The chance of another big earthquake in Haiti in the near future is great enough that people in Port-au-Prince should sleep in tents — not even in buildings that survived the Jan. 12 quake apparently unscathed, geologists said Monday.
A report by the United States Geological Survey says the probability of an aftershock of magnitude 7 or greater in Haiti in the next 30 days is 3 percent, the probability of one magnitude 6 or greater is 25 percent, and of one magnitude 5 or greater is about 90 percent.
"Three percent may not sound big, but it is pretty big in terms of what we might have expected after a standard earthquake,'' said Dr. Tim Dixon, professor of geophysics at the Rosenstiel School of Marine and Atmospheric Science in Miami.
In a typical earthquake, the probability of another quake of the same magnitude that soon would be "vanishingly small, close to 0," he said.
He went on: "If people are in tents, they're quite safe. I would advise them not to move into buildings -- even ones that have been declared safe. And they shouldn't put up a tent beside a tall building."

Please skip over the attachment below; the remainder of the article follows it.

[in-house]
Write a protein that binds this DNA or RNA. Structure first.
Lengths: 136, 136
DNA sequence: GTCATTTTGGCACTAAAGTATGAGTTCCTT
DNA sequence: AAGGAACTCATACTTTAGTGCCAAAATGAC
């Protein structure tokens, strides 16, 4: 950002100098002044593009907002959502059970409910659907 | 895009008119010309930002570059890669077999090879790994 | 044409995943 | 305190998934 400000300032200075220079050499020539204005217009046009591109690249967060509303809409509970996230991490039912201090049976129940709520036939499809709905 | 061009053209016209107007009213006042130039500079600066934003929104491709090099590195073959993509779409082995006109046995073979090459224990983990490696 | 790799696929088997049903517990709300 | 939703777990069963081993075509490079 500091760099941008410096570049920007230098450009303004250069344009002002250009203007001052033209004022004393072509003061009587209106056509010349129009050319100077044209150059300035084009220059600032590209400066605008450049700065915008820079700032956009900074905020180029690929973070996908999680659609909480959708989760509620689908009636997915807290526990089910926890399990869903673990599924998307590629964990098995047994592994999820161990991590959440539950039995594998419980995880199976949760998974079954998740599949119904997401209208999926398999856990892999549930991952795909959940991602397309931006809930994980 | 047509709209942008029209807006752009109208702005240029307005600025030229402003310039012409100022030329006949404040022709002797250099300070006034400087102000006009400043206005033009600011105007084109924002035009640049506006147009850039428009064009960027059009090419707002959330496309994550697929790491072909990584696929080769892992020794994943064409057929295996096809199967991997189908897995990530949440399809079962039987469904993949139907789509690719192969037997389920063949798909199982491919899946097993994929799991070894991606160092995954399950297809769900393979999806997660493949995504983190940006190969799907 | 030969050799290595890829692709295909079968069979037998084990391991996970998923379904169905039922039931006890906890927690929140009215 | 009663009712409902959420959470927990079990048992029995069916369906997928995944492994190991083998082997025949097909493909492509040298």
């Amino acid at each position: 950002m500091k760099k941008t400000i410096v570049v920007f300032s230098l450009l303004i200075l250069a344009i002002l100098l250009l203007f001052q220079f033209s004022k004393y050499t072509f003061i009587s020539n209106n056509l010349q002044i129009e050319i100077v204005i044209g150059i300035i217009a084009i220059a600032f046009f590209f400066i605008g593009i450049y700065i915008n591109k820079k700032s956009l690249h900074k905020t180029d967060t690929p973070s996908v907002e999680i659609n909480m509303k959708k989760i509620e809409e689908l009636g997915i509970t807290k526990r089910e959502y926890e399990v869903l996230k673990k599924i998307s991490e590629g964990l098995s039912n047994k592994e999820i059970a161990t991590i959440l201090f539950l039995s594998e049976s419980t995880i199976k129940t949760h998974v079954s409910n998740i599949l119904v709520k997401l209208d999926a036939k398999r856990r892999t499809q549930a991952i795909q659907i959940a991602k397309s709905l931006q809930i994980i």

In the complex terminology of earthquake measurements, a 6.0 earthquake is only 1/32nd as powerful as a 7.0 quake, and a 5.0 quake is 1/32nd as powerful as a 6.0.
But the USGS report warns: "Any aftershock above magnitude 5.0 will be widely felt and has the potential to cause additional damage, particularly to vulnerable, already damaged structures."
In the three weeks since the Jan. 12 quake of magnitude 7.0, Haiti has had 63 aftershocks, ranging from magnitude 4.0 to 5.9, the USGS says.
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